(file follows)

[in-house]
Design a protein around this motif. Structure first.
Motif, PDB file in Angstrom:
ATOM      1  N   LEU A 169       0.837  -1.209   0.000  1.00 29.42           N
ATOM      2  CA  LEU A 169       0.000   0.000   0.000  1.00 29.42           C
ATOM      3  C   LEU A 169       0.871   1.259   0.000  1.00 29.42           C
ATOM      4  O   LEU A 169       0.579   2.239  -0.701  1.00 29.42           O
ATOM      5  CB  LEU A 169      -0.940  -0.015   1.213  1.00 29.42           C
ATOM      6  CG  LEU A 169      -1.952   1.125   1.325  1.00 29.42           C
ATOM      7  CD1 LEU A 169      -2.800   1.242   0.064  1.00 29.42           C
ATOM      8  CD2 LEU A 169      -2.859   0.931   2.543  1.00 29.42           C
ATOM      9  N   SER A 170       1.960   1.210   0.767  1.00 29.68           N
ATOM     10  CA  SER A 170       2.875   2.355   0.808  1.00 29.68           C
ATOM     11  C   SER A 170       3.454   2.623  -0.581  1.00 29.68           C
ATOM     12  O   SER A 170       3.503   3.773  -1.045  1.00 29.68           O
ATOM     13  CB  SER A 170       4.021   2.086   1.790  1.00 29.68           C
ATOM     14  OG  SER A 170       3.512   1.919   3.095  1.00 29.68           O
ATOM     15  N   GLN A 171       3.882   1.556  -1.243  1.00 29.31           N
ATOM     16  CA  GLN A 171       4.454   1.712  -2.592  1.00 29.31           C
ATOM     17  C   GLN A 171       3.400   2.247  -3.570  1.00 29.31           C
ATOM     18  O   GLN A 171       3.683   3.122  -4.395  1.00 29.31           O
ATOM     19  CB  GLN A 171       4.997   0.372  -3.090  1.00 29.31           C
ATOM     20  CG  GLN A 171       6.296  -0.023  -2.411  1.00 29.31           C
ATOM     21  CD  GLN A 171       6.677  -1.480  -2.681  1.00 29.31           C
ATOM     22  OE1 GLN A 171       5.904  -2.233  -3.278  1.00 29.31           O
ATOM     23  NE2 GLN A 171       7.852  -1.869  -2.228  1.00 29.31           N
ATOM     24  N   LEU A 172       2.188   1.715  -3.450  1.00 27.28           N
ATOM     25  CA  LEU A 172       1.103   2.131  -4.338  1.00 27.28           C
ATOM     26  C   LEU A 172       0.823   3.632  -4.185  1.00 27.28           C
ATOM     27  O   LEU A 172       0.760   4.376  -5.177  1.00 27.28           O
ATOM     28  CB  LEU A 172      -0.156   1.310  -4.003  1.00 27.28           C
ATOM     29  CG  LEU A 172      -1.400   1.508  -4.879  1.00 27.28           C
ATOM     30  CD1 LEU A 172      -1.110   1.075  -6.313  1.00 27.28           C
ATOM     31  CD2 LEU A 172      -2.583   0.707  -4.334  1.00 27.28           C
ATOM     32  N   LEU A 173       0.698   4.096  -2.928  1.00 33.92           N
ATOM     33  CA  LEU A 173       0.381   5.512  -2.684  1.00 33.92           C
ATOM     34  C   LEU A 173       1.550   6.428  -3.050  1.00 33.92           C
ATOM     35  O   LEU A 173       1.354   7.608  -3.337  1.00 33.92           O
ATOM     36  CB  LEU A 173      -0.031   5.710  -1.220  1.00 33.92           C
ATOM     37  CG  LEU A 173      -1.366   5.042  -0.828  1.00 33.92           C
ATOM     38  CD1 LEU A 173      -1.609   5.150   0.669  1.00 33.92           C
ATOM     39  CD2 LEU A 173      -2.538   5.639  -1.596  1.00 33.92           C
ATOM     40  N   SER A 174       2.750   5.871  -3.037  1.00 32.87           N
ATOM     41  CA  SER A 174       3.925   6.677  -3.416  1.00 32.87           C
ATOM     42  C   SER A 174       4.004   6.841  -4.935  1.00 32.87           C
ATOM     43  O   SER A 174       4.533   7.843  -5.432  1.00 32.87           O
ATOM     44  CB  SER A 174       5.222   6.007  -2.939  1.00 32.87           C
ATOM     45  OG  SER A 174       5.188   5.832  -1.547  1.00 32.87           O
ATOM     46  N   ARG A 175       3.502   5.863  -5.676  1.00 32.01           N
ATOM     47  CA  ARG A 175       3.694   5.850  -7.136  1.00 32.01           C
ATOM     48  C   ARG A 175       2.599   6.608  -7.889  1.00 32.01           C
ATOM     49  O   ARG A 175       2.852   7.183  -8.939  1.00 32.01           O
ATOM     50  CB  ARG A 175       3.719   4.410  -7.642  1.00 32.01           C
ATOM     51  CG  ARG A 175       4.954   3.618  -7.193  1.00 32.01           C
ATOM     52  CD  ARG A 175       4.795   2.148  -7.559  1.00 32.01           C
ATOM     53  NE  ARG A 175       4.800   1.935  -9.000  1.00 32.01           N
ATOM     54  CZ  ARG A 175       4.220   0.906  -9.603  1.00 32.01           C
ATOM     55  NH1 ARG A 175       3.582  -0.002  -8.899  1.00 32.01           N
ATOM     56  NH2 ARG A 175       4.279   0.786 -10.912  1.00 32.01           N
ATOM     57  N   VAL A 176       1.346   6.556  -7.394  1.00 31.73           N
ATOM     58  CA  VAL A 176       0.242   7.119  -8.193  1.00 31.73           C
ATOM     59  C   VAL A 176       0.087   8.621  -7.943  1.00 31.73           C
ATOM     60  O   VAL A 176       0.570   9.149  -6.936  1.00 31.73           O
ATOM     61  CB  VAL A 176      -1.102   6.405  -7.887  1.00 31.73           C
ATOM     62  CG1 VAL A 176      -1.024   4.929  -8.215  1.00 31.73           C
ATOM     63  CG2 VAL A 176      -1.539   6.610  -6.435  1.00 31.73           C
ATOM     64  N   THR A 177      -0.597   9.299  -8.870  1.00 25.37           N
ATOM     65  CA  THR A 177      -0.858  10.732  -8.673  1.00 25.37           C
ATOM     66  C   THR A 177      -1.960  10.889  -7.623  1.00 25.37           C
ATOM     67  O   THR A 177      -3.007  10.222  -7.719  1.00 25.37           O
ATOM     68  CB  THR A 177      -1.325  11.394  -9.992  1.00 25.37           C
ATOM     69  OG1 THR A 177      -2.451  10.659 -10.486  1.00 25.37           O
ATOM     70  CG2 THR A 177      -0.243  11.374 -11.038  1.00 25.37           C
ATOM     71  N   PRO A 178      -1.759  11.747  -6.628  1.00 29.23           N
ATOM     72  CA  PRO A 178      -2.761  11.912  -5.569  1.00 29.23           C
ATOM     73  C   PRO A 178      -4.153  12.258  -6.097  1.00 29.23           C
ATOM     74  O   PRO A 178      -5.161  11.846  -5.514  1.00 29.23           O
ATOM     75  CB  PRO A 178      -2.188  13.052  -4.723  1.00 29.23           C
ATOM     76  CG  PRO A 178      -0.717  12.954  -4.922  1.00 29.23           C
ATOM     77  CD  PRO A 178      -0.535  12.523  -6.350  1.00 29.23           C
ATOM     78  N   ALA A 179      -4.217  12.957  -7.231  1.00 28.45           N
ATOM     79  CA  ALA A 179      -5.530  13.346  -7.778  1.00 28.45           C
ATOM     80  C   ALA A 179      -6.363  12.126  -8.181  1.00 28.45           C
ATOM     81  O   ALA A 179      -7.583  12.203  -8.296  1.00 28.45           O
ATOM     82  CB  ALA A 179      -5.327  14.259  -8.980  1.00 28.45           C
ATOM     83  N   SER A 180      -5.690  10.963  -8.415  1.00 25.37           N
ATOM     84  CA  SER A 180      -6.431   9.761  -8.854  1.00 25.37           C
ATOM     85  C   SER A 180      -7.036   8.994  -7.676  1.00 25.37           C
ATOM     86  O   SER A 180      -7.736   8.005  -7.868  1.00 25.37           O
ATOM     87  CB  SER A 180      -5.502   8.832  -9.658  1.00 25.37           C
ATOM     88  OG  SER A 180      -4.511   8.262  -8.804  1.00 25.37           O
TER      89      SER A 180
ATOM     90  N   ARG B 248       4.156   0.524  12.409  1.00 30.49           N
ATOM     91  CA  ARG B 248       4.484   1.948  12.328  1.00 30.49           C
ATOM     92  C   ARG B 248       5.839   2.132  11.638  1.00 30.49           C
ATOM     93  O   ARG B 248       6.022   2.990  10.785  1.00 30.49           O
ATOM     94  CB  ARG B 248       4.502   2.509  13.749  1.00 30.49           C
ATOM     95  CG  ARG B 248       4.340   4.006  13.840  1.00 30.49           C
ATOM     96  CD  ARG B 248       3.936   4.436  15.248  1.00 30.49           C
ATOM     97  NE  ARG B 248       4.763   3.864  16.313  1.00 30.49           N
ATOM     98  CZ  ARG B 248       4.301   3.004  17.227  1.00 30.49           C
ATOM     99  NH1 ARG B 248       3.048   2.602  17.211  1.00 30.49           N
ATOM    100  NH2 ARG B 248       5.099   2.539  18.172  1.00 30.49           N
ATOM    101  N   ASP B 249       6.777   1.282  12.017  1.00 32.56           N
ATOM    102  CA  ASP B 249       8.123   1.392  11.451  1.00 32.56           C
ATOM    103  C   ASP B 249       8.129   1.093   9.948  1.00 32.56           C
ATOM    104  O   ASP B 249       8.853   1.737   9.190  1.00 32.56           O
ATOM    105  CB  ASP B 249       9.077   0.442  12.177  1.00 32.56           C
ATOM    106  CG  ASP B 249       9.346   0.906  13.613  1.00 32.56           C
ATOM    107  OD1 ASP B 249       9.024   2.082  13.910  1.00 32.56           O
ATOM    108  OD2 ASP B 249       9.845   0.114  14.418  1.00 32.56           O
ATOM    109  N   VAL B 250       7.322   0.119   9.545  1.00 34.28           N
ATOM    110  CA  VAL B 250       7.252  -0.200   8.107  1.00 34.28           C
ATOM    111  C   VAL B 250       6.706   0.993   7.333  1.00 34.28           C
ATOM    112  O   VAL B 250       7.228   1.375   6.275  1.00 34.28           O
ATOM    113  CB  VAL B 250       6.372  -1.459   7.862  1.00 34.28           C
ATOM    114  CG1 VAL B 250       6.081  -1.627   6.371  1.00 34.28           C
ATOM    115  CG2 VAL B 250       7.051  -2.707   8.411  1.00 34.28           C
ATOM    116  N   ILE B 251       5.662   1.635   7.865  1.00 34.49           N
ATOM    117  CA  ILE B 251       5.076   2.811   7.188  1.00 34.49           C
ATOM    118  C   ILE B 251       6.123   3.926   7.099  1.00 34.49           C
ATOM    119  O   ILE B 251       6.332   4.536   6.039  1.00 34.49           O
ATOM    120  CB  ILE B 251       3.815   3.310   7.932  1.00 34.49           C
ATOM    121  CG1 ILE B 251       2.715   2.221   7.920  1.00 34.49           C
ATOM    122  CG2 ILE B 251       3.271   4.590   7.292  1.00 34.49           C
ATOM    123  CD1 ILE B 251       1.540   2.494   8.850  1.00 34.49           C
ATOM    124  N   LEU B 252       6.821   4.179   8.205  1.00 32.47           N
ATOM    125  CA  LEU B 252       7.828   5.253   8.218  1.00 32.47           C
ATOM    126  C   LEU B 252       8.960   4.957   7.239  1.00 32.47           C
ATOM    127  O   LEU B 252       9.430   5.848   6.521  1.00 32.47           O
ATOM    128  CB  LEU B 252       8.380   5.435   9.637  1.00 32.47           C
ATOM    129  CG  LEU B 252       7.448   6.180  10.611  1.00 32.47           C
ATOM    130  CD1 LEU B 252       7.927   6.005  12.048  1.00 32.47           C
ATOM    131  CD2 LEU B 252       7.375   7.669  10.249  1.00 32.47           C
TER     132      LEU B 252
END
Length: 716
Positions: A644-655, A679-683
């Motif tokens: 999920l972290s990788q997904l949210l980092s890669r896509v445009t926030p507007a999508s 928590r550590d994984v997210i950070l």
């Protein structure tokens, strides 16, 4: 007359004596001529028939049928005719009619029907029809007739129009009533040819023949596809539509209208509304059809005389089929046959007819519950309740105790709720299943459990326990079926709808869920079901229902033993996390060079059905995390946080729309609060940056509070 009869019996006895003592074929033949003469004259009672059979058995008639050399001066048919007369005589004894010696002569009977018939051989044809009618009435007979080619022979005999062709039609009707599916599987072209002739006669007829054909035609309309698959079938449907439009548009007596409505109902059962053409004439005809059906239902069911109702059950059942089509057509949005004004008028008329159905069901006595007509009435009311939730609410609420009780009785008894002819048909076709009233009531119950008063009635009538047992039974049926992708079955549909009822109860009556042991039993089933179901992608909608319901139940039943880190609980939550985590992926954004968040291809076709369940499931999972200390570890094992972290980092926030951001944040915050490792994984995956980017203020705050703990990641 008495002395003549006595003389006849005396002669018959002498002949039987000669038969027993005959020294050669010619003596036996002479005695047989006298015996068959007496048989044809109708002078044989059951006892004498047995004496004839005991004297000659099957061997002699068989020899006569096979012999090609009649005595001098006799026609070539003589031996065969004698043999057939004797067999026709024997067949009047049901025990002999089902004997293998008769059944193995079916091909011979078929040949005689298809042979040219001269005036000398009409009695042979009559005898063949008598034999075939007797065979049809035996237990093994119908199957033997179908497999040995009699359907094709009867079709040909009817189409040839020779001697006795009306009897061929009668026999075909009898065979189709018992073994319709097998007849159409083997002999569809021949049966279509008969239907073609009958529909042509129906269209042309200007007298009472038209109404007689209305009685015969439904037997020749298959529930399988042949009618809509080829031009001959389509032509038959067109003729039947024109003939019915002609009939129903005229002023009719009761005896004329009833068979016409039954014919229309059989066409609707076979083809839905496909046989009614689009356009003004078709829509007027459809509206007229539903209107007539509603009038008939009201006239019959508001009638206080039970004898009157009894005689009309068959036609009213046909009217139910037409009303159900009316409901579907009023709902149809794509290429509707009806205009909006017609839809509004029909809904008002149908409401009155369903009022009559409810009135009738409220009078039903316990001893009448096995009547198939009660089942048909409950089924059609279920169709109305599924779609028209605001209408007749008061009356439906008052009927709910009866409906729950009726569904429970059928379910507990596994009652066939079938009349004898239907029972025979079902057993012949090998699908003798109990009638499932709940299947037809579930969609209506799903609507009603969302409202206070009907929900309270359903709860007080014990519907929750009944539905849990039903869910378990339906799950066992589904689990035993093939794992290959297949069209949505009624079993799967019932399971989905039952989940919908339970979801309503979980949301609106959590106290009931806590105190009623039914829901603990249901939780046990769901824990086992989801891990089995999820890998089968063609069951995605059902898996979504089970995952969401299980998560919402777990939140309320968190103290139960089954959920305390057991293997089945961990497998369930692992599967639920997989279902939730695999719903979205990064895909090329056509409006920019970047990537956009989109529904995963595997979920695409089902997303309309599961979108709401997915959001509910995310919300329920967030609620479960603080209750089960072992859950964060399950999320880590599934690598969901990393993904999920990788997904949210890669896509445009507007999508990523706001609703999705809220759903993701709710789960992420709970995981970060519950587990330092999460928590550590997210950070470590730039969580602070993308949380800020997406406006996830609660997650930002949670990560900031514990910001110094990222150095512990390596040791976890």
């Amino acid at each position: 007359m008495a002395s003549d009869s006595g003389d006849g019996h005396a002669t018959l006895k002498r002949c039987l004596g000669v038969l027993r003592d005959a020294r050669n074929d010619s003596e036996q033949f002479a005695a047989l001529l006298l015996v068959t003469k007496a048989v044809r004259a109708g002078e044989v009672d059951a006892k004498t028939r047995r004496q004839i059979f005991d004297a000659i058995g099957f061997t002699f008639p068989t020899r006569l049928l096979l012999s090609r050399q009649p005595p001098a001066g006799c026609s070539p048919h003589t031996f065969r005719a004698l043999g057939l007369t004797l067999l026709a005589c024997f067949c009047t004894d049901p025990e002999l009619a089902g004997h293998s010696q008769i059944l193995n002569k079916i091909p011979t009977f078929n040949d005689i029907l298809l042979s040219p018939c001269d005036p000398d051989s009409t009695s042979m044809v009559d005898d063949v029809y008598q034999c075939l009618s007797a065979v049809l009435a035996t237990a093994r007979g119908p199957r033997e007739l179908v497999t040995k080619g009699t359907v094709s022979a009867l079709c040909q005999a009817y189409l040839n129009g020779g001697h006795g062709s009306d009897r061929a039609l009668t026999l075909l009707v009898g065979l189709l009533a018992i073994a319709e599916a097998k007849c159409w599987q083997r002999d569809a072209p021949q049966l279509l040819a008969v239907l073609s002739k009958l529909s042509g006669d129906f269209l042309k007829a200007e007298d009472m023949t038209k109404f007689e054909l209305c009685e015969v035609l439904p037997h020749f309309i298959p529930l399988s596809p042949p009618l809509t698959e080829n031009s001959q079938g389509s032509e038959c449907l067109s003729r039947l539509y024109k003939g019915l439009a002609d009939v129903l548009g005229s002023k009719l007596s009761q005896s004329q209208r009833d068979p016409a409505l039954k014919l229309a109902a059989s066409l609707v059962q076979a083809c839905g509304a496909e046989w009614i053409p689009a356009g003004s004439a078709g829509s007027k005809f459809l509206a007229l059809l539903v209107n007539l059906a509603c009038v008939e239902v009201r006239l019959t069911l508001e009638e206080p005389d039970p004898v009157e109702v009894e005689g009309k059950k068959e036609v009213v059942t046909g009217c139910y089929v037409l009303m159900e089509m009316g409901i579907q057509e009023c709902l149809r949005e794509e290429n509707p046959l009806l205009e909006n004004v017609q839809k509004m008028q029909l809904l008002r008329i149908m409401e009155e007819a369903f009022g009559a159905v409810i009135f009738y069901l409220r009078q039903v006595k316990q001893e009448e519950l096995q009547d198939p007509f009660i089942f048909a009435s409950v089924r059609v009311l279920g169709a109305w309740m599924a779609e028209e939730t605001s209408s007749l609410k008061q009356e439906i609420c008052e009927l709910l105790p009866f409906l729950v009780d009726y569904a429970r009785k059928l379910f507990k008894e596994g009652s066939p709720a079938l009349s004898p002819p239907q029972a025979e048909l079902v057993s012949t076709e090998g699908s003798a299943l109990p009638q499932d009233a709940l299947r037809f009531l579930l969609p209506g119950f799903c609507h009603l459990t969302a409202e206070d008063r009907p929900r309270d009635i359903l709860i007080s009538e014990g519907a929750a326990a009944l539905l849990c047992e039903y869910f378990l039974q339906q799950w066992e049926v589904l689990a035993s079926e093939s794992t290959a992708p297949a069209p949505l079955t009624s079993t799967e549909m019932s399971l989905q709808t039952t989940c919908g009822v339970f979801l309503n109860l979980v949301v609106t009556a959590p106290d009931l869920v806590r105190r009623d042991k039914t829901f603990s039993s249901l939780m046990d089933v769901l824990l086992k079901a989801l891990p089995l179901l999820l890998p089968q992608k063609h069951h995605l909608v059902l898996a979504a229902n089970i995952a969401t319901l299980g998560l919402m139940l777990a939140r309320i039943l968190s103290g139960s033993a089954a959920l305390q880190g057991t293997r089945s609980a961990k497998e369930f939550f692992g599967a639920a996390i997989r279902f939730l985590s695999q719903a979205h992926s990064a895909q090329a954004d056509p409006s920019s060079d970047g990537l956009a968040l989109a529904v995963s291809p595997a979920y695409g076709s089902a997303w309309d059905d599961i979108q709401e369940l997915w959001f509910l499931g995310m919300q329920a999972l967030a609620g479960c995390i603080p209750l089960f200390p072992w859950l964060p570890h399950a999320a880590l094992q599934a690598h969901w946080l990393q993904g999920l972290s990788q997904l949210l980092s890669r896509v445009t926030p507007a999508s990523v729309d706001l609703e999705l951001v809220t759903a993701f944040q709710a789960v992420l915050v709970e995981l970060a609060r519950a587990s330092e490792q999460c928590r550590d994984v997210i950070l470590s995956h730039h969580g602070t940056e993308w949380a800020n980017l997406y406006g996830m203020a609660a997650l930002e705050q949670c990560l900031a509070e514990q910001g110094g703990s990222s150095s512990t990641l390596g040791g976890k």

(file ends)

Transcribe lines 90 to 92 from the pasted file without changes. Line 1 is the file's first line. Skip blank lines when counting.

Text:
ATOM     87  CB  SER A 180      -5.502   8.832  -9.658  1.00 25.37           C
ATOM     88  OG  SER A 180      -4.511   8.262  -8.804  1.00 25.37           O
TER      89      SER A 180